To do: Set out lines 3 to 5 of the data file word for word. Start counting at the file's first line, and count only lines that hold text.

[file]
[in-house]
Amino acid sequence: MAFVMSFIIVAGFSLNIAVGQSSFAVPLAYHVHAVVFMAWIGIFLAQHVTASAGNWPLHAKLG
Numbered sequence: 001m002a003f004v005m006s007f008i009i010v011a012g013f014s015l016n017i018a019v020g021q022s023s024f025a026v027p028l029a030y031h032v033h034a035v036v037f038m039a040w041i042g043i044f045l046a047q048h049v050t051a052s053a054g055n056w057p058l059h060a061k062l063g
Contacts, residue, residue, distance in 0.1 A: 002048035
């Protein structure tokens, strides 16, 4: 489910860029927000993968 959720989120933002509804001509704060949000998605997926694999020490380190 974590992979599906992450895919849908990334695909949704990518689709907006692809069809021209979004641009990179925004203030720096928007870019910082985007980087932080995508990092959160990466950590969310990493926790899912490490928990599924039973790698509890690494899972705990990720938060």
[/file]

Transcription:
Numbered sequence: 001m002a003f004v005m006s007f008i009i010v011a012g013f014s015l016n017i018a019v020g021q022s023s024f025a026v027p028l029a030y031h032v033h034a035v036v037f038m039a040w041i042g043i044f045l046a047q048h049v050t051a052s053a054g055n056w057p058l059h060a061k062l063g
Contacts, residue, residue, distance in 0.1 A: 002048035
């Protein structure tokens, strides 16, 4: 489910860029927000993968 959720989120933002509804001509704060949000998605997926694999020490380190 974590992979599906992450895919849908990334695909949704990518689709907006692809069809021209979004641009990179925004203030720096928007870019910082985007980087932080995508990092959160990466950590969310990493926790899912490490928990599924039973790698509890690494899972705990990720938060």